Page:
This past weekend I had the opportunity to attend an intimate interview with Jane Wurwand. I knew that she was the founder of the industry's #1 skincare company. I knew that she had a great accent. I knew that she was a believer of pushing it harder when you're the most exhausted. What I didn't expect was to discover so much about myself by meeting her.
As the youngest of four girls raised by a widowed mother, Jane was driven by a unique strength to pursue a career that would allow her to provide for her future family. Her mom was proof that the worst thing in your life could happen when you're only 28. Despite her loss, she was still a mother with four mouths to feed and four women to raise, so she kept going. Of course, that's when we all reached for a tissue. Thankfully, Jane lightened the mood with a few laughs over a bikini wax.
She was discussing her ritual of visualizing her goals when one woman asked the question that we were all afraid to ask: How do you find your vision if you don't have one? We all silently applauded this woman who exposed the ambitious woman's ultimate fear. Because, really, how can we be successful if we don't know what our success should look like? How can we be fulfilled if we're not sure what's supposed to make us happy?
The brave woman questioned Jane about books or meditation practices that might help her hone in on her purpose. Instead, Jane gave her very simple instructions: Think back to when you were 12. What did you love to do? I had to refrain from standing up and yelling, "Yes! Exactly! Thank you!"
Start asking the kids you know if they know what ambition means; you'll see why I invest so much energy in finding 101 ways to define and exemplify the concept to my 8-12 year old Finding the Fabulous girls. Not only are so many girls unfamiliar with the word, but they struggle to develop goals when we ask them what they'd like to try or accomplish in the next week, month or year. Too many girls float through high school worried more about what they're wearing, and thinking that math, English, science and history are their only career options. Our message is that it's never too early to tap into your passion.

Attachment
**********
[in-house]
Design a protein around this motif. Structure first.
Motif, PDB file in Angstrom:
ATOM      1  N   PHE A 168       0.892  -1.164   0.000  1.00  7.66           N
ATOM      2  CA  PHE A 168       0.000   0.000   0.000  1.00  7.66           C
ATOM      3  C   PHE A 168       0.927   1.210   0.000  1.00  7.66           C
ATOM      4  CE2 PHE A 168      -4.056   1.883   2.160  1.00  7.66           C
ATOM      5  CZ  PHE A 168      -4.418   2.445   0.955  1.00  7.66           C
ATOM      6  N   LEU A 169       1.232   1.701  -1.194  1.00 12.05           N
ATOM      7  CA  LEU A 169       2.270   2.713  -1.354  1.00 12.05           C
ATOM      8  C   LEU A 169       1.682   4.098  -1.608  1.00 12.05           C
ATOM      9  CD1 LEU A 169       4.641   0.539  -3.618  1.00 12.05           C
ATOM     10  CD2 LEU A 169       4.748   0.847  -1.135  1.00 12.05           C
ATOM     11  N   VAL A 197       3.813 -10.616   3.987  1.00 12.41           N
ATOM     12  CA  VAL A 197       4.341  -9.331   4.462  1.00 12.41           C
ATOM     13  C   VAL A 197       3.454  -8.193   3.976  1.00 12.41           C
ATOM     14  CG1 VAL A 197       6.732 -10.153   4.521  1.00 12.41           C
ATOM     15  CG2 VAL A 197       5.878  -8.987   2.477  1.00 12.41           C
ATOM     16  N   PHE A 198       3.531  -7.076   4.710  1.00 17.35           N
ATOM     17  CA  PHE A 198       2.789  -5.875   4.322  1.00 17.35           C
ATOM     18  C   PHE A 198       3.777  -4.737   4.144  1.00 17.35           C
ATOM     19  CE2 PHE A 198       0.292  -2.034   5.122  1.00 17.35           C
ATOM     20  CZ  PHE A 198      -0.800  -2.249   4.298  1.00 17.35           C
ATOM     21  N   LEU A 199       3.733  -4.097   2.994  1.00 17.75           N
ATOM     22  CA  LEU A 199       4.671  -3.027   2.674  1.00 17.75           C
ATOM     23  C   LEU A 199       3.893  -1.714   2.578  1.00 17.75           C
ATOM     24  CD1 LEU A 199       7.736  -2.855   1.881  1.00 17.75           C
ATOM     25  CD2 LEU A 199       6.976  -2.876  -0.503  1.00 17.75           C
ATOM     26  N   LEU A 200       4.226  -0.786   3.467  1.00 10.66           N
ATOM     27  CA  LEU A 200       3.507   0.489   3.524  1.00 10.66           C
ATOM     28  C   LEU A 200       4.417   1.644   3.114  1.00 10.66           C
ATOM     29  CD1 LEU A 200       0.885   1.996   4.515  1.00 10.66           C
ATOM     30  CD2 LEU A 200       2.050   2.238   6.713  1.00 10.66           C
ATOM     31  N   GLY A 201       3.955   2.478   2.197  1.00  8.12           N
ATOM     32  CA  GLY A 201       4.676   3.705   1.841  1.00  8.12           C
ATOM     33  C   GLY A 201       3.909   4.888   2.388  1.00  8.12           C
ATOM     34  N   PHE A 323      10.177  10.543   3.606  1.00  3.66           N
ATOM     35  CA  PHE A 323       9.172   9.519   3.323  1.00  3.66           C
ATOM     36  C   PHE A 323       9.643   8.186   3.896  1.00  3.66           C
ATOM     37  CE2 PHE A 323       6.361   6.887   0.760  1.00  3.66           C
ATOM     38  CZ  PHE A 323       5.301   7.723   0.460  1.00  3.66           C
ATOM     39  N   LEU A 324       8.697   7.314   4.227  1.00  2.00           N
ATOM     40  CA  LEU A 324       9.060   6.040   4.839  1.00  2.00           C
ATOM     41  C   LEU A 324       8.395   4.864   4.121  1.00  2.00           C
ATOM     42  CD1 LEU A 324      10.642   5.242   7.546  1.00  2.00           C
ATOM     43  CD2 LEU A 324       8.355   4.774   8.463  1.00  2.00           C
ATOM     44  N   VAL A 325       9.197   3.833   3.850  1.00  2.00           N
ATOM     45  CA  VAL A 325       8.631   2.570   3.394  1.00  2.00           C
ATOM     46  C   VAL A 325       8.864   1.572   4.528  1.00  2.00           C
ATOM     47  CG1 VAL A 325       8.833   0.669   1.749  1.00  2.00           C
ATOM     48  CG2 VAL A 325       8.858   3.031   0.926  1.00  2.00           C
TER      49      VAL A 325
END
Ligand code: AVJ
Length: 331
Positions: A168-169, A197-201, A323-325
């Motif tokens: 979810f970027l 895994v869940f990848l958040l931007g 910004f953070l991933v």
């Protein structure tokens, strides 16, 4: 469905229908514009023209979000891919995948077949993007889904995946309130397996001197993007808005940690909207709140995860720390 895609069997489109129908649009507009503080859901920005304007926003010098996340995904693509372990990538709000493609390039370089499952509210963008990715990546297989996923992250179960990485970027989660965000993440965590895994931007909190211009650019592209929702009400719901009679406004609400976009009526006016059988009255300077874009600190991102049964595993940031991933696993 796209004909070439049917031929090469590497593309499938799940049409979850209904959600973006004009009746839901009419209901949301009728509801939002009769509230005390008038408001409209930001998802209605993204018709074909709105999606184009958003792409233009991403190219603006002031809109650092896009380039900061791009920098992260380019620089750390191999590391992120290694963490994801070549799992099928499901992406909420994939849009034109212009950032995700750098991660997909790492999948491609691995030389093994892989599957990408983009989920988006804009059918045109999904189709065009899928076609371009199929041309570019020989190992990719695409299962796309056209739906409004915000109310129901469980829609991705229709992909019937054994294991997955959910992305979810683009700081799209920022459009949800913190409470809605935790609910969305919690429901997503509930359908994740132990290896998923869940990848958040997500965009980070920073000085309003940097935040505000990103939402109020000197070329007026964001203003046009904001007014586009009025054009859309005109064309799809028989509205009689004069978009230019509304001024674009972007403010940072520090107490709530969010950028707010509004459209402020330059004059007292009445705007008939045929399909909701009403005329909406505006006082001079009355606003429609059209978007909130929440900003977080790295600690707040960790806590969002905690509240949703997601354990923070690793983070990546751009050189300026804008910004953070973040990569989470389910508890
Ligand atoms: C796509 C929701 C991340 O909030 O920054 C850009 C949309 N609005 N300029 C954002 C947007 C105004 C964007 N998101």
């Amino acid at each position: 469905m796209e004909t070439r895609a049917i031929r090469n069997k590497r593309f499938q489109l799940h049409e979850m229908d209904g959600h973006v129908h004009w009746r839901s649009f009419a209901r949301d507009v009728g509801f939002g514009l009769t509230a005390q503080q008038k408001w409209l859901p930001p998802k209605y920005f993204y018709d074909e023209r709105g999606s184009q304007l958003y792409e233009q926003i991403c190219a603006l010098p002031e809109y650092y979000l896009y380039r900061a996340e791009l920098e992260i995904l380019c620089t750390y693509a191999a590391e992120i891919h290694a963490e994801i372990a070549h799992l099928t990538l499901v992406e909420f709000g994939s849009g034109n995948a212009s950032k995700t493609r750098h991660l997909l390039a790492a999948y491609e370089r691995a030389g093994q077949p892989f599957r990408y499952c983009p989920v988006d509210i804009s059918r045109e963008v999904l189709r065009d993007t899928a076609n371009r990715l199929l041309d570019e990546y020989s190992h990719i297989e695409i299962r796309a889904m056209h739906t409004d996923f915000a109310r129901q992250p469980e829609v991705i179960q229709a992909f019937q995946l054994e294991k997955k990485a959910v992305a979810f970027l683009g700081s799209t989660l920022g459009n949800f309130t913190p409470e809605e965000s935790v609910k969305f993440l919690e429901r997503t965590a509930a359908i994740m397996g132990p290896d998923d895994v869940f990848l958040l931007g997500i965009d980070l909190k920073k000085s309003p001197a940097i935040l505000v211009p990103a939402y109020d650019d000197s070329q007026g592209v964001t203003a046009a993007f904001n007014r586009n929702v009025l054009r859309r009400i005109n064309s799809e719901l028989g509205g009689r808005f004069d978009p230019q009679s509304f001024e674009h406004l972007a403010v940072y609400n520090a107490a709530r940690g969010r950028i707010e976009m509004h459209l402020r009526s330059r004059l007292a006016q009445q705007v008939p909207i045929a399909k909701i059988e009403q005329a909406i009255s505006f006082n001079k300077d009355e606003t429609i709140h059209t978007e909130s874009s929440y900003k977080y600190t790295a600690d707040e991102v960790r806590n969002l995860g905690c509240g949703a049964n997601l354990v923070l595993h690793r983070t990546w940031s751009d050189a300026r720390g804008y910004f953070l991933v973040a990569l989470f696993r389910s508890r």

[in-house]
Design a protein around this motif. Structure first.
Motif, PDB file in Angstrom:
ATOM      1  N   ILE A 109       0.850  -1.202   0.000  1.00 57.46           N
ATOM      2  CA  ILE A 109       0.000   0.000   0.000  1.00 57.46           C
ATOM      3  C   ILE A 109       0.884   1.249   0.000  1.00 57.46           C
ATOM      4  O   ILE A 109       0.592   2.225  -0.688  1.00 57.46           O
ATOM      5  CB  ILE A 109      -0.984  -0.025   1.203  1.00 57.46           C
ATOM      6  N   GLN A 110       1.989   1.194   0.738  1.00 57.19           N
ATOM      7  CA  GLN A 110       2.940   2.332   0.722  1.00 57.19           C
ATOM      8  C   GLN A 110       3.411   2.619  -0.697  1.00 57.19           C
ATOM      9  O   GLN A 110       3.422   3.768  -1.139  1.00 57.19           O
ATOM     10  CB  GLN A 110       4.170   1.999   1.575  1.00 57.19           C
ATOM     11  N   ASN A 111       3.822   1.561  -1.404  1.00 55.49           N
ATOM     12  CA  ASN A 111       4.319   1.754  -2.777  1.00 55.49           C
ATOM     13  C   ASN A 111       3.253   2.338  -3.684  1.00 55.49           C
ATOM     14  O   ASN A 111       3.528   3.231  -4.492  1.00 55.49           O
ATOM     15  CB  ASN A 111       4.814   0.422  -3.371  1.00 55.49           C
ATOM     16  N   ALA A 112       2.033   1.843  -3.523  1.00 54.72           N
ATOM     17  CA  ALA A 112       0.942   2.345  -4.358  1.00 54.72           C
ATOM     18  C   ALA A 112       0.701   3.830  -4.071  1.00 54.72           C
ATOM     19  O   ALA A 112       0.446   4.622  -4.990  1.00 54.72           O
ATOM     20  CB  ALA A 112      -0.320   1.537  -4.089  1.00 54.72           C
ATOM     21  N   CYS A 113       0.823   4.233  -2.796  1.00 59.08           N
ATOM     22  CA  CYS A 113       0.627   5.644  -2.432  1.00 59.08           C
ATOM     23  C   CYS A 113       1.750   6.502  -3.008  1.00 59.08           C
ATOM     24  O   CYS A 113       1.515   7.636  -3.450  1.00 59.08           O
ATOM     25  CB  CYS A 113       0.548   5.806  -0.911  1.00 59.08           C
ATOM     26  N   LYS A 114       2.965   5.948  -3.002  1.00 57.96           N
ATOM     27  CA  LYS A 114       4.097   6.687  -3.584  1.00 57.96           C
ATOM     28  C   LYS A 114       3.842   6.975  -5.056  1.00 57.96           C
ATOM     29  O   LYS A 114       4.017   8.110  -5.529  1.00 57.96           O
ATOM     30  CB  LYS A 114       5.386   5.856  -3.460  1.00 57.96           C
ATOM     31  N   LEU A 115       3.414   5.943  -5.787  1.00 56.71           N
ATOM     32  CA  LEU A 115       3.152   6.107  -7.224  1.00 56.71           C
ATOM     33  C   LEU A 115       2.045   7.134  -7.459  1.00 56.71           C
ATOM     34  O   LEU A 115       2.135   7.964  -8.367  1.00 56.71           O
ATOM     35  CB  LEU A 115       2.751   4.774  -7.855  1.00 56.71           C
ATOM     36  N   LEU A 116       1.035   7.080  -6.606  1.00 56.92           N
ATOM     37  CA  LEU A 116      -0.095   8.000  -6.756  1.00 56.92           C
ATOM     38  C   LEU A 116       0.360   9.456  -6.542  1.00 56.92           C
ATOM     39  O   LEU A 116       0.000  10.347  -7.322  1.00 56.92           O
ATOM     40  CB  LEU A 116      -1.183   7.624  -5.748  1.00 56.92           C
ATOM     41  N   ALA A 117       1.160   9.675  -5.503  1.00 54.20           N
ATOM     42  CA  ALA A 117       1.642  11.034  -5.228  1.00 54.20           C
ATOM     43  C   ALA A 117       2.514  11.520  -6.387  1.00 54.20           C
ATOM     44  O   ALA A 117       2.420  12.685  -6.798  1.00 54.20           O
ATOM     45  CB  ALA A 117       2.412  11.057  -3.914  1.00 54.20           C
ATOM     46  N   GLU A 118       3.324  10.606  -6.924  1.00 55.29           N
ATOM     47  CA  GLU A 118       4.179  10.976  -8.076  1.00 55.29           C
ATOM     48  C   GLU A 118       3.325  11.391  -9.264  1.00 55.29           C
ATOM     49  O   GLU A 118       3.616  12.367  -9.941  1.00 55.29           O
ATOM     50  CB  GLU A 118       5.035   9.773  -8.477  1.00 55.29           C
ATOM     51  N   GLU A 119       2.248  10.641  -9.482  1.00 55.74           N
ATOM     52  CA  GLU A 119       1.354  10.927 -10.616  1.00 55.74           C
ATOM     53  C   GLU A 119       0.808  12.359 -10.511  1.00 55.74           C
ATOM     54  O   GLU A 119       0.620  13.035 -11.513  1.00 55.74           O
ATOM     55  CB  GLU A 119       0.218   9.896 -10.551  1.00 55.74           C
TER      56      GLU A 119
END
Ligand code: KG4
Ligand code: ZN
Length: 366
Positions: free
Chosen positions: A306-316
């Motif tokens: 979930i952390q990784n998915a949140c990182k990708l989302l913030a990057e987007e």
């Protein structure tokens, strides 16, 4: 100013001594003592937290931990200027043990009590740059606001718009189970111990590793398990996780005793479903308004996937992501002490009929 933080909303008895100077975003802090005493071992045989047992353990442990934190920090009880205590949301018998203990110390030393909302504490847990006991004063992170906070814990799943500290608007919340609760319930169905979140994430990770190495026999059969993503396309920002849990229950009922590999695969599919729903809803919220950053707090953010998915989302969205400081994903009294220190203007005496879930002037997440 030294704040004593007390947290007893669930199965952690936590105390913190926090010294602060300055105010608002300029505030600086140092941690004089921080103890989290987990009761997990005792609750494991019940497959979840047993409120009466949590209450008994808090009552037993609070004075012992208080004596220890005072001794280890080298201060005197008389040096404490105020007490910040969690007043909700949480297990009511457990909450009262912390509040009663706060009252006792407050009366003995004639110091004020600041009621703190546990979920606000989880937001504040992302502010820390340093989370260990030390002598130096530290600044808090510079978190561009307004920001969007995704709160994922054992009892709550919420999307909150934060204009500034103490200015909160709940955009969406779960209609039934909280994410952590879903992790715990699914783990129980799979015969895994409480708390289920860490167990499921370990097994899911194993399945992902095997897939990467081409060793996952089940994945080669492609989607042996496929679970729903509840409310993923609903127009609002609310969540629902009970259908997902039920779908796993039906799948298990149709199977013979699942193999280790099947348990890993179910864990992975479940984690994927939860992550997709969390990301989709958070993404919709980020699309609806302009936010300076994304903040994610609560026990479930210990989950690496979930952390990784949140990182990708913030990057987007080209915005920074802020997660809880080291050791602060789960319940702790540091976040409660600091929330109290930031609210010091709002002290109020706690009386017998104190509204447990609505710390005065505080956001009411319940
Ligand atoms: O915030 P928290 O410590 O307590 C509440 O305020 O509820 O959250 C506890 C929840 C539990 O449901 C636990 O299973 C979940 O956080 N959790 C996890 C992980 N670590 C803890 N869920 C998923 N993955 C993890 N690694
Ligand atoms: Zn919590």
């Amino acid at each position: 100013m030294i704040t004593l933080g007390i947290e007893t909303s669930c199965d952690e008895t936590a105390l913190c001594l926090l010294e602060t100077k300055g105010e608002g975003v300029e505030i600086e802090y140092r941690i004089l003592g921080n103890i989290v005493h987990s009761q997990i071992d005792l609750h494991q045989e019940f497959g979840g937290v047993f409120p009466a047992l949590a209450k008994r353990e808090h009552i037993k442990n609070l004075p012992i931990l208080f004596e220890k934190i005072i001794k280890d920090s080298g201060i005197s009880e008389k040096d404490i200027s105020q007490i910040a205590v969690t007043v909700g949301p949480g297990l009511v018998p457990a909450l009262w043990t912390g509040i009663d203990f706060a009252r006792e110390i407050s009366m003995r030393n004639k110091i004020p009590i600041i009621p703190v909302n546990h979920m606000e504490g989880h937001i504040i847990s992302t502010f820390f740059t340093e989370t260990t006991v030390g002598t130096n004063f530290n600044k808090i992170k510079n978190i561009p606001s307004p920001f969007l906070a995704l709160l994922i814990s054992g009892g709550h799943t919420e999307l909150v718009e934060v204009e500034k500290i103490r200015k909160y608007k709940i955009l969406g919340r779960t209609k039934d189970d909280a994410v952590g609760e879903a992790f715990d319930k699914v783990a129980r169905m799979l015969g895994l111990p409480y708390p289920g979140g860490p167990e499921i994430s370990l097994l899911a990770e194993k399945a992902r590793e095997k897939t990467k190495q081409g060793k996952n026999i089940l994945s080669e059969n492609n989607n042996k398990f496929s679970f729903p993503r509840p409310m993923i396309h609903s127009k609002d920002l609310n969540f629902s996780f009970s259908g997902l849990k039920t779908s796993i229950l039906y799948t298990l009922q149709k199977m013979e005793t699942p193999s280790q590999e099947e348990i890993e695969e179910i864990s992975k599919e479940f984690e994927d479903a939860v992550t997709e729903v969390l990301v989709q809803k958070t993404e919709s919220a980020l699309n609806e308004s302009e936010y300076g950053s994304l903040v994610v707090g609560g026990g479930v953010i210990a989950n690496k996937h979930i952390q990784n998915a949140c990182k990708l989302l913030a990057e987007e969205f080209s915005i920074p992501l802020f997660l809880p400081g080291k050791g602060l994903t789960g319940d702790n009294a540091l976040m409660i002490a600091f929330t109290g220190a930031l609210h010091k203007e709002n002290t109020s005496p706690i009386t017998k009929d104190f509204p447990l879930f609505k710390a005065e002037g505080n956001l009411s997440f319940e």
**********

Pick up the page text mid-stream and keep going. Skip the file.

Between media exposure and technological accessibility, this rising generation is becoming increasingly savvy, so why shouldn't they have the opportunity to use their smarts for social good? Who better to solve issues of bullying, childhood obesity or ineffective educational curricula than the demographic experiencing its effects?
While I listened to the amazing panels at this past weekend's WIE Symposium, I wondered why so many women in attendance were only just engaging with their true purpose at age 30 or 40. Here is what they wish they'd known, and why sixth graders should be empowered now:
Girls Are Their Own Worst Critics
When I was 12, I was having a breakdown that I wasn't doing enough to make it into a good college. When I say that girls are their own worst critics, it's an understatement. I wouldn't try anything that I wouldn't be perfect at and I always undermined my accomplishments. How then, can we develop the confidence to run businesses, raise children or fulfill the potential we've been granted? As Joy Marcus, partner at DFG Gotham Ventures said, "Sometimes all it takes is being in the room." Even your presence can be a strong voice. And when the voices of so many women unite to encourage and inspire, that's when you will become bold. That's when you'll know you have what it takes.
"You can't be what you can't see" - Marian Wright Edelman
An audience member aptly pointed out, "You have as much power as you choose to take...you will be a role model whether consciously or not, whether you want to be or not." But how can you decide who you want to be or what you want to represent if you're not able to discuss what's important to you or hear from women who have already found the confidence to take the risks? Imagine how many more little girls would dream of being CEOs if they actually met one before they joined the workforce.
You're Never Too Young to Invest
Being in a room full of one-woman shows makes it clear that even the best multi-tasker needs a network of support to bring their dreams to fruition. Being a perfectionist and multi-tasking extraordinaire myself, I know that this can sometimes be hard to admit. It's even harder to find the right people for the job and to battle doubts about whether your goals are worth the risk. If women helping women succeed is as important as we make it sound, but we're too afraid to share our ideas or don't have anyone to share them with, how much progress can we expect? As Kay Koplovitz, Founder and CEO of Koplovitz and Co. said, "Human capital is the most precious resource you can have." How crazy it would be if you had met your future co-founder, vice-president or mentor when you were 12? Most sixth graders only have a $10 allowance to work with, but it's never too early to invest in your relationships.
What if girls experienced this self-realization sooner rather than later? Imagine the rock stars that would be changing the world.